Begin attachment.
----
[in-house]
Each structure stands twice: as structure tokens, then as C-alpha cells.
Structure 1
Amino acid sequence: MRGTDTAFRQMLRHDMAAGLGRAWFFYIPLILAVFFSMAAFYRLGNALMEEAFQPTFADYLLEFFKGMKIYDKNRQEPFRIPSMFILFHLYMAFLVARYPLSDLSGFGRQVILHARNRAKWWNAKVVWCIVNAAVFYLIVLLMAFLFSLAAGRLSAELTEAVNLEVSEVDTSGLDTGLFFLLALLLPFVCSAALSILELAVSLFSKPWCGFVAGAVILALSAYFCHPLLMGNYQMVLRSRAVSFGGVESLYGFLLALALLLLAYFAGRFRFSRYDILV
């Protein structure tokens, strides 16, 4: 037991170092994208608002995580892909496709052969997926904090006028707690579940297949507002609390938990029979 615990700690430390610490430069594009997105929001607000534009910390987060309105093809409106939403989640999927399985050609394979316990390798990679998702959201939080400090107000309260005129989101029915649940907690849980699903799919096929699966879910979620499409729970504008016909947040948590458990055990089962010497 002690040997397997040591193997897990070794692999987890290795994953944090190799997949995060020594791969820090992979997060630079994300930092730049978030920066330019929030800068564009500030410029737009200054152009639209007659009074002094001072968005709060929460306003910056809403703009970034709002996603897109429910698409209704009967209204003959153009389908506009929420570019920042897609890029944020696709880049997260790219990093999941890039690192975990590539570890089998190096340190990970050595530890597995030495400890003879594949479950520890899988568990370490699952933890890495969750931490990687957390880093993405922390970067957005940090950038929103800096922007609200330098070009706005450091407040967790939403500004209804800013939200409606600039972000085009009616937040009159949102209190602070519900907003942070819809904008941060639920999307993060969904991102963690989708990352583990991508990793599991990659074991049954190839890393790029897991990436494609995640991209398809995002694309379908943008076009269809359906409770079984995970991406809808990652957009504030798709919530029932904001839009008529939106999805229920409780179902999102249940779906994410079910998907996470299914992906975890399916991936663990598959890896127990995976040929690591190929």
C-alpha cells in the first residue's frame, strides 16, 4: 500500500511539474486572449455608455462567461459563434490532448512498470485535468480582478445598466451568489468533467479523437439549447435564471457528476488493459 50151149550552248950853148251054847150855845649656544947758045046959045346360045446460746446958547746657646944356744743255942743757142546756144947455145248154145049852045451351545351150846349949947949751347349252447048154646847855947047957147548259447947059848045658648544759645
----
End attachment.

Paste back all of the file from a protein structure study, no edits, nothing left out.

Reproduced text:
[in-house]
Each structure stands twice: as structure tokens, then as C-alpha cells.
Structure 1
Amino acid sequence: MRGTDTAFRQMLRHDMAAGLGRAWFFYIPLILAVFFSMAAFYRLGNALMEEAFQPTFADYLLEFFKGMKIYDKNRQEPFRIPSMFILFHLYMAFLVARYPLSDLSGFGRQVILHARNRAKWWNAKVVWCIVNAAVFYLIVLLMAFLFSLAAGRLSAELTEAVNLEVSEVDTSGLDTGLFFLLALLLPFVCSAALSILELAVSLFSKPWCGFVAGAVILALSAYFCHPLLMGNYQMVLRSRAVSFGGVESLYGFLLALALLLLAYFAGRFRFSRYDILV
């Protein structure tokens, strides 16, 4: 037991170092994208608002995580892909496709052969997926904090006028707690579940297949507002609390938990029979 615990700690430390610490430069594009997105929001607000534009910390987060309105093809409106939403989640999927399985050609394979316990390798990679998702959201939080400090107000309260005129989101029915649940907690849980699903799919096929699966879910979620499409729970504008016909947040948590458990055990089962010497 002690040997397997040591193997897990070794692999987890290795994953944090190799997949995060020594791969820090992979997060630079994300930092730049978030920066330019929030800068564009500030410029737009200054152009639209007659009074002094001072968005709060929460306003910056809403703009970034709002996603897109429910698409209704009967209204003959153009389908506009929420570019920042897609890029944020696709880049997260790219990093999941890039690192975990590539570890089998190096340190990970050595530890597995030495400890003879594949479950520890899988568990370490699952933890890495969750931490990687957390880093993405922390970067957005940090950038929103800096922007609200330098070009706005450091407040967790939403500004209804800013939200409606600039972000085009009616937040009159949102209190602070519900907003942070819809904008941060639920999307993060969904991102963690989708990352583990991508990793599991990659074991049954190839890393790029897991990436494609995640991209398809995002694309379908943008076009269809359906409770079984995970991406809808990652957009504030798709919530029932904001839009008529939106999805229920409780179902999102249940779906994410079910998907996470299914992906975890399916991936663990598959890896127990995976040929690591190929």
C-alpha cells in the first residue's frame, strides 16, 4: 500500500511539474486572449455608455462567461459563434490532448512498470485535468480582478445598466451568489468533467479523437439549447435564471457528476488493459 50151149550552248950853148251054847150855845649656544947758045046959045346360045446460746446958547746657646944356744743255942743757142546756144947455145248154145049852045451351545351150846349949947949751347349252447048154646847855947047957147548259447947059848045658648544759645